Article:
County aims for higher standards in awarding discretionary funds

RIVERSIDE – In response to a grand jury report that cited lax standards in the awarding of funds from each supervisor’s discretionary budget, the board today directed Riverside County Executive Office staff to strengthen accountability measures tied to the process.

”The program was inappropriately criticized,” said Supervisor John Benoit. ”But there are things that can be improved upon. There needs to be absolute clarity in how money is spent, as well as follow-up to ensure that it has been spent for the reasons it was provided in the first place.”

Executive Office staff, with the help of former Riverside County District Attorney Grover Trask, authored a 31-page analysis in response to grand jury findings regarding the Board of Supervisors’ use of community improvement designation — or CID — funds.

Each supervisor has a CID account, with available funding varying in past fiscal years from a few hundred thousand dollars to more than $3 million.

Money can be distributed to nonprofits, county agencies, community groups and other organizations for a variety of purposes — as long as they have a discernable public benefit.

”We found no evidence of violations (in the use of CID money) whatsoever,” Trask told the board. ”Having said that, the investigation did uncover … operational issues that clearly needed to be addressed.”

The Executive Office report underscored how CID funding had served as an essential stopgap during the ”Great Recession,” helping sustain nonprofits, including food banks and community centers, that might otherwise have folded.

”Nonprofits fumble and make mistakes that can cause embarrassment,” said Supervisor Kevin Jeffries. ”But more often than not, they deliver service to the community far more effectively and cheaper than government can ever hope to do. We need to embrace the CID program. However, there needs to be more accountability. Can we do better? Yes we can, and we will.”

The county’s 19-member civil grand jury earlier this year investigated allegations that supervisors had appropriated funds ”to enhance their visibility and name identification with potential voters” and in some instances had provided money without any thorough vetting of the recipients’ backgrounds or missions.

Jurors alleged in a May report that supervisors had violated the California Political Reform Act and the county’s own guidelines regarding when and in what amount monies can be dispersed, particularly in an election year. Trask said his inquiry turned up nothing in the way of unfair or facially corrupt political practices.

The grand jury identified instances in which supervisors committed sometimes up to $10,000 to be named, individually, as a ”sponsor” of a fundraiser.

Other times, according to the report, CID monies were disbursed to entities that claimed nonprofit status when, in fact, the California Attorney’s General’s Office had suspended the recipients’ nonprofit exemption for irregularities. The grand jury pointed specifically to the 300-acre Dorland Mountain Arts Colony near Temecula as an example. It is located in board Chairman Jeff Stone’s district.

According to the report, $100,000 in CID funds was provided to the private retreat to build a half-mile driveway in 2009.

Stone did not address the issue, but said he found the grand jury’ findings ”disappointing.”

”They did not include one positive aspect of CID funding,” he said.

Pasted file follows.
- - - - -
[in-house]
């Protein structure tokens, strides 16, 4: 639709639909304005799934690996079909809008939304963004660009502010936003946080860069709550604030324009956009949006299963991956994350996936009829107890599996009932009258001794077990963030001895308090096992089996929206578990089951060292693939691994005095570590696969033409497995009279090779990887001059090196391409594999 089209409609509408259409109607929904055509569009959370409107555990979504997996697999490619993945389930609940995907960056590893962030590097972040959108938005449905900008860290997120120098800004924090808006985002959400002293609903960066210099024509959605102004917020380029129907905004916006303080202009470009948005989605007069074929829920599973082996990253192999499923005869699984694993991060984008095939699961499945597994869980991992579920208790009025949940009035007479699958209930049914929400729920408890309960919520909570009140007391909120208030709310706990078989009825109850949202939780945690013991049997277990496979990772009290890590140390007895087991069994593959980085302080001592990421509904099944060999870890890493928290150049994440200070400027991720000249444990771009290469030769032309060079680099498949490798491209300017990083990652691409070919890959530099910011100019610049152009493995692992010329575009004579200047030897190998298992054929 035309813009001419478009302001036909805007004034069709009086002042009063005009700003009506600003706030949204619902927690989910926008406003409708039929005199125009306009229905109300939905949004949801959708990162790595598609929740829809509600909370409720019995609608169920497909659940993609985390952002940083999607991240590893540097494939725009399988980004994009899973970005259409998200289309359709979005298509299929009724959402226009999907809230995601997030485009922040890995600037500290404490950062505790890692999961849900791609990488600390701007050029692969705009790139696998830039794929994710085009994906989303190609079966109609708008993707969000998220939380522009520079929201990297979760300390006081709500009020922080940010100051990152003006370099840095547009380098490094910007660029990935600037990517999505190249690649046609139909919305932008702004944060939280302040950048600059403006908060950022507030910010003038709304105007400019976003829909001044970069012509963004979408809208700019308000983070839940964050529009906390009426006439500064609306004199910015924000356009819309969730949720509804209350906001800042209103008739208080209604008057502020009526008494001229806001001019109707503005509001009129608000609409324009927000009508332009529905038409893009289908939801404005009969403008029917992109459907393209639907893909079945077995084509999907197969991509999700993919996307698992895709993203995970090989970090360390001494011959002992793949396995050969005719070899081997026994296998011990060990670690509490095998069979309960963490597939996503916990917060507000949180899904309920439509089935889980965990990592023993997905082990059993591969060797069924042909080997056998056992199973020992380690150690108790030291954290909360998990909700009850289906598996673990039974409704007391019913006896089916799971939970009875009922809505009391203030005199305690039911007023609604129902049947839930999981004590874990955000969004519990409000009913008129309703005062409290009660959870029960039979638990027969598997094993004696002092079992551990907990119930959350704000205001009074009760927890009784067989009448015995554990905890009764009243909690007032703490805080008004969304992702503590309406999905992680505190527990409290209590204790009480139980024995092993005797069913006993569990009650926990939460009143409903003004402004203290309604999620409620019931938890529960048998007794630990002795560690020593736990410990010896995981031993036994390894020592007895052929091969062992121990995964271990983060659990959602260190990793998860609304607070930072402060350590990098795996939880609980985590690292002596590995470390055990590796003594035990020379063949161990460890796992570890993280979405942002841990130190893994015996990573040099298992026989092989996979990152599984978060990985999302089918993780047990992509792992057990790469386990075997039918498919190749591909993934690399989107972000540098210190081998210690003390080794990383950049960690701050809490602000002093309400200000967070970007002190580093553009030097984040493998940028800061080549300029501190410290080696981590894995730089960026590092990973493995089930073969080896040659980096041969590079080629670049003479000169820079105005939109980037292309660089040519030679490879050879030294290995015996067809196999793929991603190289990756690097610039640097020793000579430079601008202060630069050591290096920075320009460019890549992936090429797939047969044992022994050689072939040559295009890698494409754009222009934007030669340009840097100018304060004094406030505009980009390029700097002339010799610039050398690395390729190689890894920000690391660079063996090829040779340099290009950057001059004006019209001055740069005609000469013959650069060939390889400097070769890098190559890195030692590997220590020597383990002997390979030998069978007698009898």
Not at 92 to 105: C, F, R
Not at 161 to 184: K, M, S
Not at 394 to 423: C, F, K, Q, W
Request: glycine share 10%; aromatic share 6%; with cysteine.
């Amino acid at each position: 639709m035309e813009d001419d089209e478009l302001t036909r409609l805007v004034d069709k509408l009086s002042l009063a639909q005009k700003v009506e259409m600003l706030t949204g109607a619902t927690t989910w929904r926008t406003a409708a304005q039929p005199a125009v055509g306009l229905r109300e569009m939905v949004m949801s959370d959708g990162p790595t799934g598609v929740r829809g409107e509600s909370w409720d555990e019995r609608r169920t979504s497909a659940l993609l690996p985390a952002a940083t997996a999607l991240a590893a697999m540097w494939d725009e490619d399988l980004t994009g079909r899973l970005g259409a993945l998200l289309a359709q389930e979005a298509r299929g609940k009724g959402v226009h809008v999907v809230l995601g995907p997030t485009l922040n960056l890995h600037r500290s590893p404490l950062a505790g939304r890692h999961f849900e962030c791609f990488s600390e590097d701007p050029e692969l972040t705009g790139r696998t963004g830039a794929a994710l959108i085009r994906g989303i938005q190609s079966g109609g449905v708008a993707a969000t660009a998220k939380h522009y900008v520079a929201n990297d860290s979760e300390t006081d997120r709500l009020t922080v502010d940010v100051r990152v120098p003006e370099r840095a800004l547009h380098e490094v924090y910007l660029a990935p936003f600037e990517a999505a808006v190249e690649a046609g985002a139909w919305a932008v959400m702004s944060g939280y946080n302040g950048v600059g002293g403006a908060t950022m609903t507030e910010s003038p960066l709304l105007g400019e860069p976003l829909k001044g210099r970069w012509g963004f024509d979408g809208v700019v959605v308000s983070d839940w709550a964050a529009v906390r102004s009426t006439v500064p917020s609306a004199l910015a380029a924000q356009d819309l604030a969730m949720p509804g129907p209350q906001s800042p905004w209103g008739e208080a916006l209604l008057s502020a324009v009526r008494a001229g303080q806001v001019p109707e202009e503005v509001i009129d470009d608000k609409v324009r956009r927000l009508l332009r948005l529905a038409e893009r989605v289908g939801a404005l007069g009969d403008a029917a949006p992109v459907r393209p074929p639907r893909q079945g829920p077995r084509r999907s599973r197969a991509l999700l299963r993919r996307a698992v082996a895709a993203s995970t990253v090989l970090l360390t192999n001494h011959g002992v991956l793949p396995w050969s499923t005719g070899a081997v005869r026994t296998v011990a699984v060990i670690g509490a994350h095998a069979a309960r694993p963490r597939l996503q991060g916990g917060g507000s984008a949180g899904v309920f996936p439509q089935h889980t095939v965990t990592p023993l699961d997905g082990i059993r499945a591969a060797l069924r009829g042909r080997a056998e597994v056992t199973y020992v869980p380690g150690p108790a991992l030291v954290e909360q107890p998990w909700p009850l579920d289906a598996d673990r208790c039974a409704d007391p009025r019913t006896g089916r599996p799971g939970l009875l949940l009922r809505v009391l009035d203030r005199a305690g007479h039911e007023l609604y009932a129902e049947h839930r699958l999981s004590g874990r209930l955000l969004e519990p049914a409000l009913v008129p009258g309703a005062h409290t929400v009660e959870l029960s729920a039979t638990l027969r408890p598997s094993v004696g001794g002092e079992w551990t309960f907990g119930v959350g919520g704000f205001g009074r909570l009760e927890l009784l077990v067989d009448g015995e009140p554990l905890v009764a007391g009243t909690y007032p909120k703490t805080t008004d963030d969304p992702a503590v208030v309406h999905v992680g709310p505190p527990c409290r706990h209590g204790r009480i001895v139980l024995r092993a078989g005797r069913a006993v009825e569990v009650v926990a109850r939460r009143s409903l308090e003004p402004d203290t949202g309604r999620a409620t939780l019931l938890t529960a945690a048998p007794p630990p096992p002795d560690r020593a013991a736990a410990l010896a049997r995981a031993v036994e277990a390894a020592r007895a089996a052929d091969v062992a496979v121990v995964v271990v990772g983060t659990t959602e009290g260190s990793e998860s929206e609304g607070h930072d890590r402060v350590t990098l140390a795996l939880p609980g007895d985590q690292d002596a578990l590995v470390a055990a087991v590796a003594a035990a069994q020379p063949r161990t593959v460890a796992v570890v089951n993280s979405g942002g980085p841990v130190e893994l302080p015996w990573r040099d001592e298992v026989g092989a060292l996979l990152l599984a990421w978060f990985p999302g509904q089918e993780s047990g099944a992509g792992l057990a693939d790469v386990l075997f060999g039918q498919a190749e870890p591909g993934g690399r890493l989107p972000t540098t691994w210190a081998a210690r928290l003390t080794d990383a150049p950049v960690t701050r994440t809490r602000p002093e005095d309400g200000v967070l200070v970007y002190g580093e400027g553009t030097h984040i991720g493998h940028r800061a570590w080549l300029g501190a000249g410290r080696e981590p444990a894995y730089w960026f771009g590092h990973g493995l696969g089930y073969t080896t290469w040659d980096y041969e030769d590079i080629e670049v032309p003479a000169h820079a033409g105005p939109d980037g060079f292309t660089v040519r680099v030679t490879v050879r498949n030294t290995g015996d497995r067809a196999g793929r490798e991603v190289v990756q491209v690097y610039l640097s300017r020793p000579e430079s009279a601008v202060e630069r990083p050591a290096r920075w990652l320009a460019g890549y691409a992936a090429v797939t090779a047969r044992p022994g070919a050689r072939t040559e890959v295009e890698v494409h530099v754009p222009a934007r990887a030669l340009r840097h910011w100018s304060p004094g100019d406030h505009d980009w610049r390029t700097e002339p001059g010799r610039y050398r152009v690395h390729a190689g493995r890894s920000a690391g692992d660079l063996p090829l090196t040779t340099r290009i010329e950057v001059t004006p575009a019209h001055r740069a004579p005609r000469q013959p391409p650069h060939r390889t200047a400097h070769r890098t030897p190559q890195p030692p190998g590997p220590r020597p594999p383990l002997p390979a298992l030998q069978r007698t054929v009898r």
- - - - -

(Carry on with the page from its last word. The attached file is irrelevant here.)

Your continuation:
Jurors scrutinized CID commitments that occurred as the county struggled through a recession, with mandatory furlough days for employees and many county offices closed Fridays to cut expenses.

In one case in 2010, a supervisor allocated $25,000 to pay for the Riverside Community College Norco Choir to travel to South Africa to perform.

The grand jury questioned whether commitments were serving to keep the doors open at facilities where assistance was being provided as intended.

Allocations to the Colorado River Senior Center 30 miles north of Blythe were vetted, and jurors noted that $15,000 in CID funds had been spent since 2005 on a ”low-cost meal program” open to the general public — not seniors in need.

In addition to calling out supervisors for questionable use of taxpayer funds, jurors criticized the Executive Office for not applying greater scrutiny over how and for what CID funds had been committed.

In its response, the county defended the CID program generally, suggesting the $26.2 million in total allocations between July 2006 and this past May were justifiable.

However, the Executive Office acknowledged the need for increased scrutiny and more uniform standards to keep board members on the same page when it comes to allocating discretionary money.

As for the Dorland Arts Colony allocation, there was nothing to indicate it was motivated by ”close personal or social relationships” with operators of the retreat, according to the Executive Office.

Similarly, the grand jury’s criticism of funding for the Colorado River Senior Center stemmed from a misinterpretation of the facility’s ”overall purpose,” county staff wrote.

”The center provides a wide array of … vital services in a remote area to a fragile senior population that likely cannot travel … for comparable services (in the nearest city),” according to the Executive Office report.

The county saw no rationale for the grand jury’s recommendation that ”CID funds be processed through the Executive Office” instead of having individual supervisors stamping their names on the disbursals, thus gaining public ”credit or recognition.”

County CEO Jay Orr said a new policy outlining parameters for CID expenditures will be submitted to the board for review in six months.

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